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Flexible Jobs Changing the Face of the Workplace

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Tue Jan 08 2013

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(From Courrier-Journal.com) -- Nika Stewart’s small business has what sounds like a problem: “I have people on the payroll that I rarely see in person,” she says. But she knows her employees work hard. Her Freehold, N.J.-based social media management company, Ghost Tweeting, has gone from zero to about 75 clients in less than two years.

She doesn’t see her team members because “almost everyone who works for us is a mom,” and telecommuting, with flexible hours, is what makes work possible for them. Because she’s fine with the concept, she gets great talent at a good price.

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It’s an intriguing idea, and one that more people concerned about America’s economic future should keep in mind. While most people focus on the unemployment rate -- which remained at 7.8 percent in December -- the more interesting trend is in labor force participation. The percentage of people older than 16 working or looking for work has been declining for the past 12 years. Many economists blame demographics. Baby Boomers are retiring. Women’s participation has plateaued. There are reasons for both trends, but also implications: When fewer people work, this hurts long-term growth, nudging us closer to 2 percent annual increases vs. the 3 percent we’ve long enjoyed.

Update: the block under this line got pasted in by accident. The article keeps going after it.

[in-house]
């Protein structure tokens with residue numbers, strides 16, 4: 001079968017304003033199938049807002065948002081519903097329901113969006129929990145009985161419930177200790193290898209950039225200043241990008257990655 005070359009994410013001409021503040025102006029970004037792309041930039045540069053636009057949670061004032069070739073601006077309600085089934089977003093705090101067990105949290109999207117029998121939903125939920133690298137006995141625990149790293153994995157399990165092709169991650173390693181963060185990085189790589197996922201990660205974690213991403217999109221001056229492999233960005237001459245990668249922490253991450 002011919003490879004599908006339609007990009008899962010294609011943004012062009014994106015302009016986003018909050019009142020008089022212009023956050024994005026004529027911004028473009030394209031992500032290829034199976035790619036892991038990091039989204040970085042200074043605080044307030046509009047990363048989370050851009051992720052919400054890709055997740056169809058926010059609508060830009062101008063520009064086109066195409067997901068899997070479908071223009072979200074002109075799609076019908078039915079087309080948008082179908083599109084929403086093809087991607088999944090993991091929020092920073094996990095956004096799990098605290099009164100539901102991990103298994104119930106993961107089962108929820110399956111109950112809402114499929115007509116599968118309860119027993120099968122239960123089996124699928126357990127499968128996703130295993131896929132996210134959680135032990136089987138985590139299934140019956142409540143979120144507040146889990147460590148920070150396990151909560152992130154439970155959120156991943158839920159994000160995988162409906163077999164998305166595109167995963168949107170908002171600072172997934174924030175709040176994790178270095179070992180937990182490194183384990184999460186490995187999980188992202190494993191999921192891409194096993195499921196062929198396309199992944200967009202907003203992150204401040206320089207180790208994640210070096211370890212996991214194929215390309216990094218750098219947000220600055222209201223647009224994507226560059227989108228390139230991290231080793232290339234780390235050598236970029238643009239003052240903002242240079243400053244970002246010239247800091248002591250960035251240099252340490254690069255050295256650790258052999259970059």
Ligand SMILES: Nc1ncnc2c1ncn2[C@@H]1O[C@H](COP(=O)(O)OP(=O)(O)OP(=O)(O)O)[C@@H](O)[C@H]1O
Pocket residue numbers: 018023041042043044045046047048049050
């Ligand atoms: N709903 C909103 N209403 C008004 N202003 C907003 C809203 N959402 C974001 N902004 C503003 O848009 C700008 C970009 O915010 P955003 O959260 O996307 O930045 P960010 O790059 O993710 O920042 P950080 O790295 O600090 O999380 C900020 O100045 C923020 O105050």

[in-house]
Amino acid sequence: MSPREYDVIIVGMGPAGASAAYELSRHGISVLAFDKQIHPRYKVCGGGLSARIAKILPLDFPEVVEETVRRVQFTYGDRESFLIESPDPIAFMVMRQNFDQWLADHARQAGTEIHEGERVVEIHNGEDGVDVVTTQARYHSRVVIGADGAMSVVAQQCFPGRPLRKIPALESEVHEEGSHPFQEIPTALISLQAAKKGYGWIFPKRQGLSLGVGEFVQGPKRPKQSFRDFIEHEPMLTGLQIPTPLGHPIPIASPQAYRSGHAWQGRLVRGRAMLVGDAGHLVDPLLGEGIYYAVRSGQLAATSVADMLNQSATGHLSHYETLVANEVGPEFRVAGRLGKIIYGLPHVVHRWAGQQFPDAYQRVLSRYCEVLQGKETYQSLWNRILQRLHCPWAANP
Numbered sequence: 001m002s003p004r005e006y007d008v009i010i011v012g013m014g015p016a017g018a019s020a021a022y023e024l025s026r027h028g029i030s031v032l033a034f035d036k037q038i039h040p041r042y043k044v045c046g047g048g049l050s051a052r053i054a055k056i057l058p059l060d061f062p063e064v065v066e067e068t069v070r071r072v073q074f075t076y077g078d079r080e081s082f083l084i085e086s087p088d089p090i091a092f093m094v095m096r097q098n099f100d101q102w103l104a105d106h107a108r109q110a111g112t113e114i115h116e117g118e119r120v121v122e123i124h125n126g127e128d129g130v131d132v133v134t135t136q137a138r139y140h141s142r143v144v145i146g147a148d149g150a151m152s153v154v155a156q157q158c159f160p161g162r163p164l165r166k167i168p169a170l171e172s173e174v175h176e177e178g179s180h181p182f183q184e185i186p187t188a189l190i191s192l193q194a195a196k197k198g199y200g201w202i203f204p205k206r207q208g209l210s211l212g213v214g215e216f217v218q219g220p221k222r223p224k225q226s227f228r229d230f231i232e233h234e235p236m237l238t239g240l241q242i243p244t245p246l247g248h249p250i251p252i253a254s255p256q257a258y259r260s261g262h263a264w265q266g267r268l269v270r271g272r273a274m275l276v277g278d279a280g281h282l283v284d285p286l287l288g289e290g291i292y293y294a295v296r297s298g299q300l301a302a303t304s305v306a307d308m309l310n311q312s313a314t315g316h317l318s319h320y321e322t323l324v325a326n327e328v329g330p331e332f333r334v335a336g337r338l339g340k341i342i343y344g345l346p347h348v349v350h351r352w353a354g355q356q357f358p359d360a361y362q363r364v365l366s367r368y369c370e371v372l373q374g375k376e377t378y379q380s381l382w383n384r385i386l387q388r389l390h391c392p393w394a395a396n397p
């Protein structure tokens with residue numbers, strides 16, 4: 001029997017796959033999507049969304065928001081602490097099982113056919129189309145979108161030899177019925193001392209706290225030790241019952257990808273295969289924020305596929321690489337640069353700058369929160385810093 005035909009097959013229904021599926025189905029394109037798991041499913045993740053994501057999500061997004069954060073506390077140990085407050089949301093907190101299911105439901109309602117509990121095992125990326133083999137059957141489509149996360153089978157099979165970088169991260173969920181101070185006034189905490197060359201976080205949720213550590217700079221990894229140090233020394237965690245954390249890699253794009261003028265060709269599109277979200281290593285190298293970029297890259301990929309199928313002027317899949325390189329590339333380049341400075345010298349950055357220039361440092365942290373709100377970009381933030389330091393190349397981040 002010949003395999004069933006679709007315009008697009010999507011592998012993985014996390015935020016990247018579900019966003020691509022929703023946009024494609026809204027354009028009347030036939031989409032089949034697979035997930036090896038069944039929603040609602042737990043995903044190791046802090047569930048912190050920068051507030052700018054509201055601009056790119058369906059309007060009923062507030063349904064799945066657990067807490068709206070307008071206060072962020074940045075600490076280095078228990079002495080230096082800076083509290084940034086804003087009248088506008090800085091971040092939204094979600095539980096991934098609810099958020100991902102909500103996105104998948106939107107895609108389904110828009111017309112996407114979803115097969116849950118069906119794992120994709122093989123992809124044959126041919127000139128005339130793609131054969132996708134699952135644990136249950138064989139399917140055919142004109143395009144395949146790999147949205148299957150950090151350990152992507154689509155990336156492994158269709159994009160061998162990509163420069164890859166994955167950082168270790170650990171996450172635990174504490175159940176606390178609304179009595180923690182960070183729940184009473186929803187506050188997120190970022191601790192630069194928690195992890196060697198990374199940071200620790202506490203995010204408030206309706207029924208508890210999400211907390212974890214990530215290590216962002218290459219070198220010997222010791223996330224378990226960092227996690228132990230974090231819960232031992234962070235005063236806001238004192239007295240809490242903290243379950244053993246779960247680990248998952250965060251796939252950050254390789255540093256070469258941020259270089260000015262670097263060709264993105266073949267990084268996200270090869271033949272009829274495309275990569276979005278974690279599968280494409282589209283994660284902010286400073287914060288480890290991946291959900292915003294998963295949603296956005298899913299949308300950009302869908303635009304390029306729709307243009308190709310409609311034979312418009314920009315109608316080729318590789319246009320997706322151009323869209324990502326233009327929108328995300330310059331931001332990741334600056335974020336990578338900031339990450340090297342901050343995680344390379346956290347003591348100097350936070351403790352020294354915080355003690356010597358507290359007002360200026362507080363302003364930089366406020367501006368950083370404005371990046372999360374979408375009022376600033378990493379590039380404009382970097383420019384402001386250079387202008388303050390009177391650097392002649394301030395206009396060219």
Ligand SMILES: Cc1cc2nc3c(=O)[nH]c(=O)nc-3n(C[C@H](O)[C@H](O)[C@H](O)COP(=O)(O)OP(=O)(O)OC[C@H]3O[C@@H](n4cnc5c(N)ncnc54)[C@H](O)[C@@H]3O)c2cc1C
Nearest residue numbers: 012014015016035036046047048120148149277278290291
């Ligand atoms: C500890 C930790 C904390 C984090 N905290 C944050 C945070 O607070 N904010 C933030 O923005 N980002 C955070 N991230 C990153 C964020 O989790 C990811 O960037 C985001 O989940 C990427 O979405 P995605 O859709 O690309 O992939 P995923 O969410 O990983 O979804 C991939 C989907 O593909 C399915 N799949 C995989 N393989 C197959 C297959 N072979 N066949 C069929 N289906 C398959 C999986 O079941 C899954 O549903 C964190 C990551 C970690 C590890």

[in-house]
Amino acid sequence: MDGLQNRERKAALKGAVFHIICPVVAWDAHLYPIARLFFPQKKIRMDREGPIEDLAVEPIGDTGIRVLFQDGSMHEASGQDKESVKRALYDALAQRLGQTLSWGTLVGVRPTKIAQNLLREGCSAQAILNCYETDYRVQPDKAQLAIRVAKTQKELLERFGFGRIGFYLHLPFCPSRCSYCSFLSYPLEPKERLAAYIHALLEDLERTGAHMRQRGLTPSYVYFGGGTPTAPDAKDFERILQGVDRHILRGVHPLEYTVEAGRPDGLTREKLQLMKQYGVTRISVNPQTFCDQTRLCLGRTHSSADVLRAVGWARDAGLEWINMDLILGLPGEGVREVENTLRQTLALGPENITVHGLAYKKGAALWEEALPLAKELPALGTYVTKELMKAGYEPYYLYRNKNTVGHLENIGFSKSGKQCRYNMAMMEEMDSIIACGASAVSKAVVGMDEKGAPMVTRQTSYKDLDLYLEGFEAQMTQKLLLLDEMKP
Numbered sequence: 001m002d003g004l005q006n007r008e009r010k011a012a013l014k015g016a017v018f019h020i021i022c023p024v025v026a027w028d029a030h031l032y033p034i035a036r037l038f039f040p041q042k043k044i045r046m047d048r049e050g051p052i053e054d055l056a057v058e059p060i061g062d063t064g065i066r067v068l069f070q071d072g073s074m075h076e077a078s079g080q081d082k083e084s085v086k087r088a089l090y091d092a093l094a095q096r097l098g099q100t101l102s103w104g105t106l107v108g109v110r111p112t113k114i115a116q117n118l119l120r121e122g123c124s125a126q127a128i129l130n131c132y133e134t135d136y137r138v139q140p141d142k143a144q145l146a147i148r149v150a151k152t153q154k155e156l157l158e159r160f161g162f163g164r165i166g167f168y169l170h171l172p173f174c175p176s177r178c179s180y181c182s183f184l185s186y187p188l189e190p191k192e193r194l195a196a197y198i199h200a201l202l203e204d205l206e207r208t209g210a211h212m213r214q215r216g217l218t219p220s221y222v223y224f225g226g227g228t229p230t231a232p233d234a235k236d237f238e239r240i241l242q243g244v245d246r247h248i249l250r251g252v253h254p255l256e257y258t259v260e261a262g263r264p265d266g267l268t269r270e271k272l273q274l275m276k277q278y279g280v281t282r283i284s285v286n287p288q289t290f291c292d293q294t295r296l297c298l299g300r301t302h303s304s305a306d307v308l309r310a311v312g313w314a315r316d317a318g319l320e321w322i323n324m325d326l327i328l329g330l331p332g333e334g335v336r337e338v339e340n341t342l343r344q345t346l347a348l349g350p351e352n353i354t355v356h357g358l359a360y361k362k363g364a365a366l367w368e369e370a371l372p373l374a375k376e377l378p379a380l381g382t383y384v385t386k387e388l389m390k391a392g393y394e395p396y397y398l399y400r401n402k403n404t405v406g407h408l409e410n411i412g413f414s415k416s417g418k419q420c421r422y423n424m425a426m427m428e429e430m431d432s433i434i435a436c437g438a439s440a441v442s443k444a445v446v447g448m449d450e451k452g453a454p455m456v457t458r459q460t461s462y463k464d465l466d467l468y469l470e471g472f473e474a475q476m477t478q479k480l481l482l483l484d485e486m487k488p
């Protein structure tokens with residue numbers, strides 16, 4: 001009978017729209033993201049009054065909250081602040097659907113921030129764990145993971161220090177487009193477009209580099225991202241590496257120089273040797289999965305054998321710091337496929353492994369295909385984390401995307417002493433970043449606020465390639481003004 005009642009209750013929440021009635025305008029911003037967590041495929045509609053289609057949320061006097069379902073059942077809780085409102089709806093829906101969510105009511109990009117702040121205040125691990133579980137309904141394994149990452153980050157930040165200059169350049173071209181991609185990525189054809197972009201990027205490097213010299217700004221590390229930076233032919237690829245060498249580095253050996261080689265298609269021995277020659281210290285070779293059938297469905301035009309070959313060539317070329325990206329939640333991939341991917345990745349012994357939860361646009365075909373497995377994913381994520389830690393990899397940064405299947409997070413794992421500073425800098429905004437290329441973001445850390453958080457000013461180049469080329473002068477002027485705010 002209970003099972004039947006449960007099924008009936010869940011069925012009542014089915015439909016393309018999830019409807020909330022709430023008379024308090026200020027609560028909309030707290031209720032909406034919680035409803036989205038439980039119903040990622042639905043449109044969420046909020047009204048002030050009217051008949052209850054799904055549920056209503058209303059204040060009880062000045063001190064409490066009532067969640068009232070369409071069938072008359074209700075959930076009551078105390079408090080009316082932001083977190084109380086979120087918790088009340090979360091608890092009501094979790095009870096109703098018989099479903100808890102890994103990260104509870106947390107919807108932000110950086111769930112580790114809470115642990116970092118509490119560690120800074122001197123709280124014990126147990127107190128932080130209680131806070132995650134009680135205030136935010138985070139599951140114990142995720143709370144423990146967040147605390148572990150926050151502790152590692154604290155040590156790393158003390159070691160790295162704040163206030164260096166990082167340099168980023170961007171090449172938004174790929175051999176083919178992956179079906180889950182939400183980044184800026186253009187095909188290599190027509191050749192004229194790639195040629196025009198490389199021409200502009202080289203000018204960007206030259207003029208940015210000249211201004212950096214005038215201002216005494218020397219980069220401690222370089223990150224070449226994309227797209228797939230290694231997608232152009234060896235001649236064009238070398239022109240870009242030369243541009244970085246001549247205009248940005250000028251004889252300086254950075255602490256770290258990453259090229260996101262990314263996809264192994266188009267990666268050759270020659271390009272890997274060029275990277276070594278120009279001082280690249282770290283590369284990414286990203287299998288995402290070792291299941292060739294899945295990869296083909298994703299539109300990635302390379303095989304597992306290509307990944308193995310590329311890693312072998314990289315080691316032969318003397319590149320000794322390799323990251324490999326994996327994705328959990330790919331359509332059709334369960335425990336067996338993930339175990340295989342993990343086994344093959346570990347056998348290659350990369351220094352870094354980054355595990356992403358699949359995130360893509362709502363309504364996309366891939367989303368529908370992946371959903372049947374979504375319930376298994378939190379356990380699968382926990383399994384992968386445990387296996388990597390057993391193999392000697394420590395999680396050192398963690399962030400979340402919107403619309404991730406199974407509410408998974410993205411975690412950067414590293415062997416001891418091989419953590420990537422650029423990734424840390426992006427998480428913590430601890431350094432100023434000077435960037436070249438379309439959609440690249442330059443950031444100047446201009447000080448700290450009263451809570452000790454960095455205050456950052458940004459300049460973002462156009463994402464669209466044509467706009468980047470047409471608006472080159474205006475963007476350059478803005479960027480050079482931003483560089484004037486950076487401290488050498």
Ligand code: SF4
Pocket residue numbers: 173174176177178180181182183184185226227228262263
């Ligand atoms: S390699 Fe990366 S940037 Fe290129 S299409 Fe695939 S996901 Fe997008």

A shrinking labor force, though, is less inevitable than it seems. Changes in how people work could slow, or even reverse the shrinking, if we choose to embrace them.

Since the middle of the 20th century, workforce participation has fluctuated. In October 1950, 59.4 percent of Americans over age 16 were working or looking for work. In October 1970, 60.4 percent were. Then, over the next three decades, the bulge of the Baby Boom poured into the workforce. The rate rose to 67.3 percent by early 2000.

The decline in participation since then -- to 63.6 percent last December -- means the U.S. economy has given up roughly half the gains since the 1960s. Some of the decline is due to the lousy job market. But in a March report, Barclays economists noted that two-thirds of those who’ve left the workforce say they do not want a job. They are often north of 55 and call themselves retired. Some are not the family’s primary breadwinners (participation among mothers with kids younger than 6 fell from 65.3 percent in 2000 to 63.6 percent in 2008).

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